“Improved inputs will boost Nigeria’s cocoa system”: Outcome of USAID Nigeria/NEXTT training
The question of how to revive the glory days of Nigeria—one of the cocoa producing giants of the 1960s was at center stage during the just concluded USAID Nigeria/ Nigeria Expanded Trade and Transport (NEXTT) training of trainers workshop held at IITA, Ibadan.
According to a report by BusinessDay, the global cocoa supply from Nigeria witnessed a 59% reduction from US$666.4 million in 2014 to $270.7 million in 2015. Experts anticipate another decline of about 15% in production capacity which will further affect the values for 2016.
Currently fourth place in cocoa production behind Ivory Coast, Ghana, and Indonesia, Nigeria was celebrated in the 1960s as the highest producer and supplier of the crop. The downturn results from prioritizing the oil sector over cocoa production in the 1970s coupled with bad weather and an increased number of unreplaced, old and worn-out trees in the country.
“We experienced a long drought in 2014/2015 season and the weather has been very harsh. Most of the crops in the south-west of Nigeria were affected. It was only in Cross River that we had some respite, but yields in the south-west dropped,” said Robo Adhuze, chief operating officer, Centre for Cocoa Development Initiative.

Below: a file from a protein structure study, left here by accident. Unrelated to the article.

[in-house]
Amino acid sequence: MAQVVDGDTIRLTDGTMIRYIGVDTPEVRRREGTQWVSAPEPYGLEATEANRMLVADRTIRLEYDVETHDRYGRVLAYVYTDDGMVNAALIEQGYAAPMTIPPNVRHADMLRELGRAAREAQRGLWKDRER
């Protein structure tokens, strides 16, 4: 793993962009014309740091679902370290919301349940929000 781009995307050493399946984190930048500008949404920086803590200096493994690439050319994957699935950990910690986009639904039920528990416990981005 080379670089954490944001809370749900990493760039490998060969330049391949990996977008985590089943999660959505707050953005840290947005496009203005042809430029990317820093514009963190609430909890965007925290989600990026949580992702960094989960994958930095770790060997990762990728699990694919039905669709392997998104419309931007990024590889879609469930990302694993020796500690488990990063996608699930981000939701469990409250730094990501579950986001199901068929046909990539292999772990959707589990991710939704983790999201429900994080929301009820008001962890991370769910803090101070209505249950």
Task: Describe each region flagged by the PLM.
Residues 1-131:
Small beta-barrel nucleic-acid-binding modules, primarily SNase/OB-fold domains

“Lack of funds coupled with inadequate government support which, even when in existence, hardly trickle down to us small farmers, making it difficult for us to adopt irrigation”, said Oladokun Wasiu, a cocoa farmer in Iddo local government area of Oyo state.
The inability of Africa’s biggest economy to sustain and improve its production of cocoa over the years has led to a sharp decline in productivity to below 0.350 tons per hectare, when other leading countries produce between two to five tons per hectare using improved varieties.
Ranjana Bhattacharjee, IITA Molecular Geneticist, joined other stakeholders at the workshop at IITA on 7-11 March, and made a presentation on ‘Cocoa: The sweet and bitter truth about chocolate’ and noted that the sector still suffers because of a poor input and network system. She also warned that a change in crude and indigenous practices is necessary to reverse the trend.
“Globally, the chocolate and cocoa industry are in crisis due to low productivity which is failing to meet a growing demand that is increasing by two percent annually…For Nigeria to get it right, then it must use high quality planting materials in the right environment, while management and market demands must all be linked and developed to increase cocoa yield.”
Ranjana also noted the government’s role in structuring the right linkages for all players in the cocoa system as vital to revitalizing the country’s cocoa producing glory days.
Additionally, Lava Kumar, IITA Virologist, presented on the pest and disease threats to cocoa production and productivity in the changing environment and the need for developing climate-smart varieties to combat existing and emerging biotic and abiotic threats.